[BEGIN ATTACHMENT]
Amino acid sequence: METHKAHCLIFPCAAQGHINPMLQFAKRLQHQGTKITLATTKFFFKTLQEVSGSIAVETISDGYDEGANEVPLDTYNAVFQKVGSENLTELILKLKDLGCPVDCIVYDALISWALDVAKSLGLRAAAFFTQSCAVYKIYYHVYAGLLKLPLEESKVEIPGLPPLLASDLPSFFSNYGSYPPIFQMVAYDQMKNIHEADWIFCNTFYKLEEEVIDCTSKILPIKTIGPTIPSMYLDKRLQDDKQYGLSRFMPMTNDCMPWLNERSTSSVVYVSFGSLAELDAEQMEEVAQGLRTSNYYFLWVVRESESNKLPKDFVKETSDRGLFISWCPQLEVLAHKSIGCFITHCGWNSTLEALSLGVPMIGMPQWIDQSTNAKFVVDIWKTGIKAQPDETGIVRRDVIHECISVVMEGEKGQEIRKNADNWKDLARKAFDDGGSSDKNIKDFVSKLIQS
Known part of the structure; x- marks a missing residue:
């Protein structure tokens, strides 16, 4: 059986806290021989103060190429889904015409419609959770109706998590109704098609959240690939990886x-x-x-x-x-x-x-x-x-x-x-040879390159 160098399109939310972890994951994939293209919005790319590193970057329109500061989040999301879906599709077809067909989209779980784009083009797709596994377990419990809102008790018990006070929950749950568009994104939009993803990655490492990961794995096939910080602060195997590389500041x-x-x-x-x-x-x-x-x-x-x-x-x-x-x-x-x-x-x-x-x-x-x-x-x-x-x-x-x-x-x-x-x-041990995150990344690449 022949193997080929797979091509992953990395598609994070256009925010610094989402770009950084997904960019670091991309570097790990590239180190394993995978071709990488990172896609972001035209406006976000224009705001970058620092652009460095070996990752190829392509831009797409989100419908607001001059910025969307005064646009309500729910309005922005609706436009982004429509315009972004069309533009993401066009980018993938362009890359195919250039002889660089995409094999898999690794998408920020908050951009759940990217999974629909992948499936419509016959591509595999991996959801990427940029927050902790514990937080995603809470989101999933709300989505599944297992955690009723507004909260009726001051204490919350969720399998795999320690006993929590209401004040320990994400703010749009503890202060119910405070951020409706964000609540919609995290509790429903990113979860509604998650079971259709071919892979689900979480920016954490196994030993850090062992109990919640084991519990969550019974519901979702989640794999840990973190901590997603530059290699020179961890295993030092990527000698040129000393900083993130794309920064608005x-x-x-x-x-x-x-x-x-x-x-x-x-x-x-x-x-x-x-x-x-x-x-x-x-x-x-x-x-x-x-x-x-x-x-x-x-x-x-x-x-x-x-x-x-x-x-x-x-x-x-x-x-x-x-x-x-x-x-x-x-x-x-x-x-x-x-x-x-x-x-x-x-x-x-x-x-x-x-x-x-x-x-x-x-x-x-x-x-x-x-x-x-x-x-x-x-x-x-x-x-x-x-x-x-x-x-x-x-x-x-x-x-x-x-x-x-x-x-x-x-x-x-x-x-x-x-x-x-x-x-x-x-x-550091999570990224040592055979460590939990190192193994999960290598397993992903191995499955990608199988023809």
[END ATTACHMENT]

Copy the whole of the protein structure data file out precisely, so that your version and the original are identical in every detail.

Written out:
Amino acid sequence: METHKAHCLIFPCAAQGHINPMLQFAKRLQHQGTKITLATTKFFFKTLQEVSGSIAVETISDGYDEGANEVPLDTYNAVFQKVGSENLTELILKLKDLGCPVDCIVYDALISWALDVAKSLGLRAAAFFTQSCAVYKIYYHVYAGLLKLPLEESKVEIPGLPPLLASDLPSFFSNYGSYPPIFQMVAYDQMKNIHEADWIFCNTFYKLEEEVIDCTSKILPIKTIGPTIPSMYLDKRLQDDKQYGLSRFMPMTNDCMPWLNERSTSSVVYVSFGSLAELDAEQMEEVAQGLRTSNYYFLWVVRESESNKLPKDFVKETSDRGLFISWCPQLEVLAHKSIGCFITHCGWNSTLEALSLGVPMIGMPQWIDQSTNAKFVVDIWKTGIKAQPDETGIVRRDVIHECISVVMEGEKGQEIRKNADNWKDLARKAFDDGGSSDKNIKDFVSKLIQS
Known part of the structure; x- marks a missing residue:
């Protein structure tokens, strides 16, 4: 059986806290021989103060190429889904015409419609959770109706998590109704098609959240690939990886x-x-x-x-x-x-x-x-x-x-x-040879390159 160098399109939310972890994951994939293209919005790319590193970057329109500061989040999301879906599709077809067909989209779980784009083009797709596994377990419990809102008790018990006070929950749950568009994104939009993803990655490492990961794995096939910080602060195997590389500041x-x-x-x-x-x-x-x-x-x-x-x-x-x-x-x-x-x-x-x-x-x-x-x-x-x-x-x-x-x-x-x-x-041990995150990344690449 022949193997080929797979091509992953990395598609994070256009925010610094989402770009950084997904960019670091991309570097790990590239180190394993995978071709990488990172896609972001035209406006976000224009705001970058620092652009460095070996990752190829392509831009797409989100419908607001001059910025969307005064646009309500729910309005922005609706436009982004429509315009972004069309533009993401066009980018993938362009890359195919250039002889660089995409094999898999690794998408920020908050951009759940990217999974629909992948499936419509016959591509595999991996959801990427940029927050902790514990937080995603809470989101999933709300989505599944297992955690009723507004909260009726001051204490919350969720399998795999320690006993929590209401004040320990994400703010749009503890202060119910405070951020409706964000609540919609995290509790429903990113979860509604998650079971259709071919892979689900979480920016954490196994030993850090062992109990919640084991519990969550019974519901979702989640794999840990973190901590997603530059290699020179961890295993030092990527000698040129000393900083993130794309920064608005x-x-x-x-x-x-x-x-x-x-x-x-x-x-x-x-x-x-x-x-x-x-x-x-x-x-x-x-x-x-x-x-x-x-x-x-x-x-x-x-x-x-x-x-x-x-x-x-x-x-x-x-x-x-x-x-x-x-x-x-x-x-x-x-x-x-x-x-x-x-x-x-x-x-x-x-x-x-x-x-x-x-x-x-x-x-x-x-x-x-x-x-x-x-x-x-x-x-x-x-x-x-x-x-x-x-x-x-x-x-x-x-x-x-x-x-x-x-x-x-x-x-x-x-x-x-x-x-x-x-x-x-x-x-550091999570990224040592055979460590939990190192193994999960290598397993992903191995499955990608199988023809």